Feel More Physically Fit, Productive, and Social with the Apple Watch

I do what the watch tells me to do.

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Throughout 2 weeks of wearing an Apple Watch, I learned that if I paid attention to nudges and vibrations from the watch, I would feel more physically fit, productive, and social. Like so many others, I rely on my iPhone to remind me of my next appointment and send friendly reminders of my day’s to-do list. I find myself awkwardly digging my phone out of my pocket to check on the latest notification—a meeting in 15 minutes, a missed call, or a Twitter mention. The Apple Watch delivers those same notifications, but its default watch face demands a focus on only the next meeting or the most pressing message.

 A missed call from mom? Yes, definitely. A Facebook friend request? Not so much. The result of that prioritization is that my iPhone rarely left my pocket and, in social situations, I could discreetly respond with a glance to the watch’s tap on the wrist, keeping me in the flow of the conversation. Rather than being yet another distraction, the watch kept me more connected to the people around me. The watch was on me rather than with me, which makes a huge difference.


One of the best apps on the Apple Watch is the Activity Rings, which “gamify” daily the fitness goals of standing every hour, moving to reach a personalized calorie goal, and exercising for 30 minutes a day.  

At first I was skeptical, but within a few days of (frankly) obeying the watch, I found that the aches and pains that come with age and a deskbound office job had melted away. Seeing the Activity Rings grow from tiny arcs into curves and then full circles encouraged me to stand when it asked me to stand, to take the stairs, and to go for a nightly walk after dinner. Simplicity, really.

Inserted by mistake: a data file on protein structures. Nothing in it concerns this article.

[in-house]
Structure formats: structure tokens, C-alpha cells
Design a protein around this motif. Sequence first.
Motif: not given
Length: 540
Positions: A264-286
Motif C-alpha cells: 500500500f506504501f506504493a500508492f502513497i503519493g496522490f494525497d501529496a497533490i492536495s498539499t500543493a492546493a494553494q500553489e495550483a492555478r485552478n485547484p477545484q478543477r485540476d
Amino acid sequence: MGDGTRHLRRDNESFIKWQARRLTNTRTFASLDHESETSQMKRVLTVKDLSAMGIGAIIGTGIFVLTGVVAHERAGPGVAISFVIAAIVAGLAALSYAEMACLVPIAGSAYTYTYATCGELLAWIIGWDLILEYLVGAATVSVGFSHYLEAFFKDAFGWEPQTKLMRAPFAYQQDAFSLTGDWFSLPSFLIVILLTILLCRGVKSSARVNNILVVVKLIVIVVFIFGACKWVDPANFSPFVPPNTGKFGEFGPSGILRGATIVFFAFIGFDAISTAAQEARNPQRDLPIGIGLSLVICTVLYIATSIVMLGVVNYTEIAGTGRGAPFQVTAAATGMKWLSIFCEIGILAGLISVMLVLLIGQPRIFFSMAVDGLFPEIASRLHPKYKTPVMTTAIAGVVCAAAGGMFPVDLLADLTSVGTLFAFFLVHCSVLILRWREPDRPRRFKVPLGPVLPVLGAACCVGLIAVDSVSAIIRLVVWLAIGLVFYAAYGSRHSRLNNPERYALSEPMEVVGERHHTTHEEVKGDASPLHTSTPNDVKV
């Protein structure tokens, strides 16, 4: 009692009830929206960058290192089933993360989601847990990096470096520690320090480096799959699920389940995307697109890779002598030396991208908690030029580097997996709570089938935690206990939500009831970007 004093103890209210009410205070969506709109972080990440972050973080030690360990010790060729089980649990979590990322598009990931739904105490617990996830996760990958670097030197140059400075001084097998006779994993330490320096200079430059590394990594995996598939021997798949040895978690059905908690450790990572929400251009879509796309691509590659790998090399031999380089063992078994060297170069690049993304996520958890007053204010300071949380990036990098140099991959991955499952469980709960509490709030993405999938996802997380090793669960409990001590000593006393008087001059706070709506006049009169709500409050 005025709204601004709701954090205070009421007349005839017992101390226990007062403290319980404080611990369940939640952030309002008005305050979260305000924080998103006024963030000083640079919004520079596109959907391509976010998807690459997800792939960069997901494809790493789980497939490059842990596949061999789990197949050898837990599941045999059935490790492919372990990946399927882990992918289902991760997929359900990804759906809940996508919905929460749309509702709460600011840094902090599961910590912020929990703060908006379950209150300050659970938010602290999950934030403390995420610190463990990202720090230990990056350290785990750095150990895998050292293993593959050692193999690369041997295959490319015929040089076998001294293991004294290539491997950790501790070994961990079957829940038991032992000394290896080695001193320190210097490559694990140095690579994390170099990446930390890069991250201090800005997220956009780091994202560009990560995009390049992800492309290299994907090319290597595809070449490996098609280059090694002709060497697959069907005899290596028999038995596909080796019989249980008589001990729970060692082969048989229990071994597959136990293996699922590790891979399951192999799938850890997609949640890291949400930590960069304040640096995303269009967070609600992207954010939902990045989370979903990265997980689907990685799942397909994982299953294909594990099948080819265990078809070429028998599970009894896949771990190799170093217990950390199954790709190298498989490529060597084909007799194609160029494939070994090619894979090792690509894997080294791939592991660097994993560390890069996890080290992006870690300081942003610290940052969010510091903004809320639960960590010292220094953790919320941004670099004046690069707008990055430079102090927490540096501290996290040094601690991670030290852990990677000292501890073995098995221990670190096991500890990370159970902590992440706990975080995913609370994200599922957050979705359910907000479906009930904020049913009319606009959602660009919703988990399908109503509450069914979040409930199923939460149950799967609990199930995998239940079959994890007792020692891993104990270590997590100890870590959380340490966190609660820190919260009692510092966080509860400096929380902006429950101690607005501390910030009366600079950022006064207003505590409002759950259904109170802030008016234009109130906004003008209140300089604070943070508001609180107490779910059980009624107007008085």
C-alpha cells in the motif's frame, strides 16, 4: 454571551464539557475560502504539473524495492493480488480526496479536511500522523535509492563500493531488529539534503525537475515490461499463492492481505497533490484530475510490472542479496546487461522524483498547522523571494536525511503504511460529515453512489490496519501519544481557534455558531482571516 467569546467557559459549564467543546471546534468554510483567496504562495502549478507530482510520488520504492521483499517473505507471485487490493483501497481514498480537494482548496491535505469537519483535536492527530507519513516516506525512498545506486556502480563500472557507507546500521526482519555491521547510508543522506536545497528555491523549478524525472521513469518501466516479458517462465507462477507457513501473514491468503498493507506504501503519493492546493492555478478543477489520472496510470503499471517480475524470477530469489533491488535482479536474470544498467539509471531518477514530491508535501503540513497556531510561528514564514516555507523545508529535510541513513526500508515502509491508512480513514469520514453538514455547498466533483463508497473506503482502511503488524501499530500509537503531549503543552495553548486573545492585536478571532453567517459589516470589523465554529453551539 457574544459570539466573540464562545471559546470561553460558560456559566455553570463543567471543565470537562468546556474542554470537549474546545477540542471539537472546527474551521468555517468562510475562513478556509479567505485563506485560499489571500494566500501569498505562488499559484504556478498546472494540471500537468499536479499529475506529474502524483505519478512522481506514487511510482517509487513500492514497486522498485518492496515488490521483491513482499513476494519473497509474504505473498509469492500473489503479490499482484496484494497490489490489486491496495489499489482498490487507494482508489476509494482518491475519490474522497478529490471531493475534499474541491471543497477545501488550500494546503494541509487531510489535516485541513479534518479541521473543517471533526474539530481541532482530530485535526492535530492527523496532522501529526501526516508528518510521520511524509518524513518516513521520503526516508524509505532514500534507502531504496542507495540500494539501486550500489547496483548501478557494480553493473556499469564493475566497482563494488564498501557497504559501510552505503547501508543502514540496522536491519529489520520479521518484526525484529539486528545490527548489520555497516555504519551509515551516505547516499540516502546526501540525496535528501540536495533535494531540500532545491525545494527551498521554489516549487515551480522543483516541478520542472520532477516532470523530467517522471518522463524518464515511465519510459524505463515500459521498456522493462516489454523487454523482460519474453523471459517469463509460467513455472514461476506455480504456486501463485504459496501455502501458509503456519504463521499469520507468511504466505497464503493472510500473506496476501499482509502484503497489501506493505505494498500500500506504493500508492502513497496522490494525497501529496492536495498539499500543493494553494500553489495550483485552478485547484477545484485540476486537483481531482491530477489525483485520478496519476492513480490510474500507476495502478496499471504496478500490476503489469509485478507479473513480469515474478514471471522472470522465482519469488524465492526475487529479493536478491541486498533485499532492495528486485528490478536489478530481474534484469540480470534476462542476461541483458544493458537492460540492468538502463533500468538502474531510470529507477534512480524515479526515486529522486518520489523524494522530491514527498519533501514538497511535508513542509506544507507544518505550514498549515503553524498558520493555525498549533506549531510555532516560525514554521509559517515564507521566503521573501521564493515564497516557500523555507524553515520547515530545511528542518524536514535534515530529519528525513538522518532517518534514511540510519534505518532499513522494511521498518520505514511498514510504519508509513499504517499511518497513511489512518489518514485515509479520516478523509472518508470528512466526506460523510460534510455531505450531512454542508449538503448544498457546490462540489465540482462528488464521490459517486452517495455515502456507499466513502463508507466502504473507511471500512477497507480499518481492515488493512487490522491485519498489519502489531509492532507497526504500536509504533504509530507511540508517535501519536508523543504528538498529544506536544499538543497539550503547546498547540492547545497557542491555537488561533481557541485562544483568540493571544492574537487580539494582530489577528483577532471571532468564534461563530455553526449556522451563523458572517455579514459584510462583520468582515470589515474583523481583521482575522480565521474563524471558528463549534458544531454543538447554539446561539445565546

I felt accountable to the watch in a way that I never felt toward my old belt-clip pedometer or early generation Fitbit.

It nods toward fashionable—almost too fashionable. With its sleek design, the Apple Watch is the first wearable that feels like a piece of jewelry and not a rubberized plastic bracelet. It feels comfortable on the wrist and, after years of not wearing a watch, slipping on the Apple Watch quickly became part of my morning routine. I could never say the same about my Fitbit, which I often forgot or grudgingly strapped on as I ran out the door in the morning. However, the dual impulse of the Apple Watch works to its detriment. It’s not quite elegant enough to replace my classic Timex, but it doesn’t feel rugged enough to take a beating like other fitness-focused wearables. At $350, the watch is a luxury. Although I had no problem taking the watch out on the golf course or to the gym, I can’t see myself wearing it hiking up Old Rag Mountain. It feels too fragile.

Apple’s “and one more thing” is often a sector-defining product—the iPod, the iPhone, the iPad, and now the Apple Watch. Strangely, that redefinition is often not immediately clear. We forget that the first iPod was slow and clunky, or that it took 18 months for the iPhone to come into its own, helped in large part by the explosion of the App Store. Apple has a well-deserved reputation for being a walled garden, but the developer community has shown a knack of working within those constraints to deliver surprising and delightful experiences. What will the watch be in 18 months? I am curious to find out.

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